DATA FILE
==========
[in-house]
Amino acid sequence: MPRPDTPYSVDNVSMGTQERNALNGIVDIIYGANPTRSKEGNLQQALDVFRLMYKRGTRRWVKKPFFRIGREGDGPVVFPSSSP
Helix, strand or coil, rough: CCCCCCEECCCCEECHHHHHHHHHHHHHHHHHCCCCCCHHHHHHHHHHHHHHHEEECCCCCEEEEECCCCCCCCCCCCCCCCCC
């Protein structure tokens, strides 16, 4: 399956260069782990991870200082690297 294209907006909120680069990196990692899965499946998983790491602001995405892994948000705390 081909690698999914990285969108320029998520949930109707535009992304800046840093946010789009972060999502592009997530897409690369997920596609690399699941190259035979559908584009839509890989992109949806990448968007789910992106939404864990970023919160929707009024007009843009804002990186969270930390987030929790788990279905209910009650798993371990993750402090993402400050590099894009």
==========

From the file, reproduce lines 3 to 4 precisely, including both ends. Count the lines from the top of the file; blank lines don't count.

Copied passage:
Helix, strand or coil, rough: CCCCCCEECCCCEECHHHHHHHHHHHHHHHHHCCCCCCHHHHHHHHHHHHHHHEEECCCCCEEEEECCCCCCCCCCCCCCCCCC
């Protein structure tokens, strides 16, 4: 399956260069782990991870200082690297 294209907006909120680069990196990692899965499946998983790491602001995405892994948000705390 081909690698999914990285969108320029998520949930109707535009992304800046840093946010789009972060999502592009997530897409690369997920596609690399699941190259035979559908584009839509890989992109949806990448968007789910992106939404864990970023919160929707009024007009843009804002990186969270930390987030929790788990279905209910009650798993371990993750402090993402400050590099894009």